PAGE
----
. 2023 Nov 11.
doi: 10.1038/s41390-023-02874-x. Online ahead of print. https://pubmed.ncbi.nlm.nih.gov/37952056/
Sustained inflation improves initial lung aeration in newborn rabbits with a diaphragmatic hernia
Lauren Hadley 1 2, Andreas W Flemmer 3, Marcus J Kitchen 1 4, Michelle K Croughan 4, Kelly J Crossley 1 2, Katie L Lee 4, Erin McGillick 1 2, Megan J Wallace 1 2, James T Pearson 5 6, Philip DeKoninck 1 7, Ryan Hodges 1 2, Arjan B Te Pas 8, Stuart B Hooper 9 10, Marta Thio 11 12 13
- PMID: 37952056
- DOI: 10.1038/s41390-023-02874-x
Background: Infants with a congenital diaphragmatic hernia (DH) have underdeveloped lungs and require mechanical ventilation after birth, but the optimal approach is unknown. We hypothesised that sustained inflation (SI) increases lung aeration in newborn kittens with a DH.
Methods: In pregnant New Zealand white rabbits, a left-sided DH was induced in two fetal kittens per doe at 24-days gestation (term = 32 days); litter mates acted as controls. DH and control kittens were delivered by caesarean section at 30 days, intubated and mechanically ventilated (7-10 min) with either an SI followed by intermittent positive pressure ventilation (IPPV) or IPPV throughout. The rate and uniformity of lung aeration was measured using phase-contrast X-ray imaging.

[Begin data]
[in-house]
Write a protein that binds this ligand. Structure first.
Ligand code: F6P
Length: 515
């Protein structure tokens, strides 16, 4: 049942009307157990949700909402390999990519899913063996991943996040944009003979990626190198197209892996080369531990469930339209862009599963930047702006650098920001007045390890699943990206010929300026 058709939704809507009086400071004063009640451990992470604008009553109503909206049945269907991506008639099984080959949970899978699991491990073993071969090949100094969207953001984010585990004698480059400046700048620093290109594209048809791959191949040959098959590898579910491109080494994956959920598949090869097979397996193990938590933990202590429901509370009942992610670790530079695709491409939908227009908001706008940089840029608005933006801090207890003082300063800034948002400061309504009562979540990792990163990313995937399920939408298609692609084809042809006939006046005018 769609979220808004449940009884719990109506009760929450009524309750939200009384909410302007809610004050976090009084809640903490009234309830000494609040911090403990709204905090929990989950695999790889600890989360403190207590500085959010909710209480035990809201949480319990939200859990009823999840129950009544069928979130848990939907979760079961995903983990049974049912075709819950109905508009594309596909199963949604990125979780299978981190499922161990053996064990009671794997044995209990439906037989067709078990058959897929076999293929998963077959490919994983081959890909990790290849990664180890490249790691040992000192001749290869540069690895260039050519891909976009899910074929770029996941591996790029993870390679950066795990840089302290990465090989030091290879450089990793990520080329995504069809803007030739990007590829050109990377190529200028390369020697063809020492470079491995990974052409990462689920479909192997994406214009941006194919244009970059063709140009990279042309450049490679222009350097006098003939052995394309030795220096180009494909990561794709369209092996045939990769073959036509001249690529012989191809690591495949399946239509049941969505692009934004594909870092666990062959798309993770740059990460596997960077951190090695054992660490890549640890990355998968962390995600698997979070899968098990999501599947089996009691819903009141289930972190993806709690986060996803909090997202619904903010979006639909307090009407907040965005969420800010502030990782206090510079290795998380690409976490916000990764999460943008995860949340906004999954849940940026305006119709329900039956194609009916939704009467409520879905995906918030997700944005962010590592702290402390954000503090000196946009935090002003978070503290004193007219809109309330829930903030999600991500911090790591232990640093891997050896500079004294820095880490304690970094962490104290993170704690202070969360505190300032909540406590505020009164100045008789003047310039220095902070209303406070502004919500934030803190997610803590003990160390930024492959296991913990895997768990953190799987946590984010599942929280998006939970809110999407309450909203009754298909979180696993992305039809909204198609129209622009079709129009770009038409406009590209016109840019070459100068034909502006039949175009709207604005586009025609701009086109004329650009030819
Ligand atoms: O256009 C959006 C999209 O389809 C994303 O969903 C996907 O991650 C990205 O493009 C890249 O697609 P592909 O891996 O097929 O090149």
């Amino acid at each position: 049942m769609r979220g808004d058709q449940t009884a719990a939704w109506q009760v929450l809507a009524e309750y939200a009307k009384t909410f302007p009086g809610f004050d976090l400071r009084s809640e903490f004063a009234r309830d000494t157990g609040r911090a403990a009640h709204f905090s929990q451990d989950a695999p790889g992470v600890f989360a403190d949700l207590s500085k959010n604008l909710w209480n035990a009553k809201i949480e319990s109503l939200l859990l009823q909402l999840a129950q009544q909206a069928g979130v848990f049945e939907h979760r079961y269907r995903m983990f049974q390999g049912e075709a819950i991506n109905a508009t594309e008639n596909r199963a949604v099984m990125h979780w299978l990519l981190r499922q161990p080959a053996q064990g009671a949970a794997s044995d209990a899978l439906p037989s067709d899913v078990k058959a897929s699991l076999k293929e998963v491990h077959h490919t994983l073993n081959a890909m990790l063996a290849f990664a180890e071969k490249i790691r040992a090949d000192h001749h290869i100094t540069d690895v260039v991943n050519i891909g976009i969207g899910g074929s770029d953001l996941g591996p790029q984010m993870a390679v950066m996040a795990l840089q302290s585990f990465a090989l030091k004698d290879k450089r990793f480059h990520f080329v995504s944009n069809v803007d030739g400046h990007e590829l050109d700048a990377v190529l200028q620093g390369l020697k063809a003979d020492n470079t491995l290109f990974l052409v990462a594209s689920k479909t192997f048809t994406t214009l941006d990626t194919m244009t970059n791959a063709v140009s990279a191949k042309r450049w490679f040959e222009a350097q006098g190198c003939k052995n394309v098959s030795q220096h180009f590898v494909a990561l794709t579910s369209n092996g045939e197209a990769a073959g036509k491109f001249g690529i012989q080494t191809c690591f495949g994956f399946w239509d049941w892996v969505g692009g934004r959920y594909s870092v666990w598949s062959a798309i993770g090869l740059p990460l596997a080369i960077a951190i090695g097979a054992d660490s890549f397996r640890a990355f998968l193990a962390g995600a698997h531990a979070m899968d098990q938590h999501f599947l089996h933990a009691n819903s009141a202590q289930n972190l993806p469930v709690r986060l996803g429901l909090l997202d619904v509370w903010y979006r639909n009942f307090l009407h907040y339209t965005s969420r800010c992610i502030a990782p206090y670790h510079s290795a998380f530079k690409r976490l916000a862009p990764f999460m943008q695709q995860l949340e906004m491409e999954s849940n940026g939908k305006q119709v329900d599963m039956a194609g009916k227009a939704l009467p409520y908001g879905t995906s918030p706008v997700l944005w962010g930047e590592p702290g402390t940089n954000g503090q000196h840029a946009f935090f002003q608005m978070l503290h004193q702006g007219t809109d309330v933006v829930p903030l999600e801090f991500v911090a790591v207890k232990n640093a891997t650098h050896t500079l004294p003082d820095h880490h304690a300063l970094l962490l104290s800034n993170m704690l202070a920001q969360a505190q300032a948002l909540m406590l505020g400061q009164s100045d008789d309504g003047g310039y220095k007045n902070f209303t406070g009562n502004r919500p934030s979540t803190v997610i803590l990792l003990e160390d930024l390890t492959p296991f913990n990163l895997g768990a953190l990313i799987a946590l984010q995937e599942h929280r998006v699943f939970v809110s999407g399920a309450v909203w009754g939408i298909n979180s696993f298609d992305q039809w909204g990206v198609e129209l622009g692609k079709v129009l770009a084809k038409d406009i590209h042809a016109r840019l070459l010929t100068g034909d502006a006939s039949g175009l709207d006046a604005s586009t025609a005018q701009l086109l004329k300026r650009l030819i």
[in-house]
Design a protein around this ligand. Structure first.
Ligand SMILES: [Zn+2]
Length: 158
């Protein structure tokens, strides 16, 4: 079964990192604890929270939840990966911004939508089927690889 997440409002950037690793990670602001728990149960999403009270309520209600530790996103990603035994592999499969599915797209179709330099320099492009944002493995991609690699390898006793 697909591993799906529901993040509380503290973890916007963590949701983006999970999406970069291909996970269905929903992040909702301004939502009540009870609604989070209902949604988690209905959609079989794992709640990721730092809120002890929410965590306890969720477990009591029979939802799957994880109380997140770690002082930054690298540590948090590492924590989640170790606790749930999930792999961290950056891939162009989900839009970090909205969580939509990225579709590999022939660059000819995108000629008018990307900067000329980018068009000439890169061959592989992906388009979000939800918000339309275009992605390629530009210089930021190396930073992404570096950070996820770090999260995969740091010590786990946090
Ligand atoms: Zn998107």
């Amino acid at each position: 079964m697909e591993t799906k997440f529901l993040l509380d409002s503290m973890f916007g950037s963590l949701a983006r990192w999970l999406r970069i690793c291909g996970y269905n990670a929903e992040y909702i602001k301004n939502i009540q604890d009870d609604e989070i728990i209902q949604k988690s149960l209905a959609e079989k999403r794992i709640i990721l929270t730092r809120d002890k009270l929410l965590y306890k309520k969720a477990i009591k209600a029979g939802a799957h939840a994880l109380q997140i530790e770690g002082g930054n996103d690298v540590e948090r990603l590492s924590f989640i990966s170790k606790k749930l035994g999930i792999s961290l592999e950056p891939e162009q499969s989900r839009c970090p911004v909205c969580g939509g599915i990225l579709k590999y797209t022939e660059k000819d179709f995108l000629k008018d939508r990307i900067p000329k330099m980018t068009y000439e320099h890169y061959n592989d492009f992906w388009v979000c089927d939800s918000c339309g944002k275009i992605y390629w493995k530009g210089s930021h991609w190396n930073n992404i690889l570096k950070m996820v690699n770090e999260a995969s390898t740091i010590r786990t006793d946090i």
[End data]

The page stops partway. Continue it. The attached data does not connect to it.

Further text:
Results: Lung weights in DH kittens were ~57% of controls. An SI increased the rate and uniformity of lung aeration in DH kittens, compared to IPPV, and increased dynamic lung compliance in both control and DH kittens. However, this effect of the SI was lost when ventilation changed to IPPV.
Conclusion: While an SI improved the rate and uniformity of lung aeration in both DH and control kittens, greater consideration of the post-SI ventilation strategy is required to sustain this benefit.
Impact: Compared to intermittent positive pressure ventilation (IPPV), an initial sustained inflation (SI) increased the rate and uniformity of lung aeration after birth. However, this initial benefit is rapidly lost following the switch to IPPV. The optimal approach for ventilating CDH infants at birth is unknown. While an SI improves lung aeration in immature lungs, its effect on the hypoplastic lung is unknown. This study has shown that an SI greatly improves lung aeration in the hypoplastic lung. This study will guide future studies examining whether an SI can improve lung aeration in infants with a CDH.
© 2023. The Author(s), under exclusive licence to the International Pediatric Research Foundation, Inc.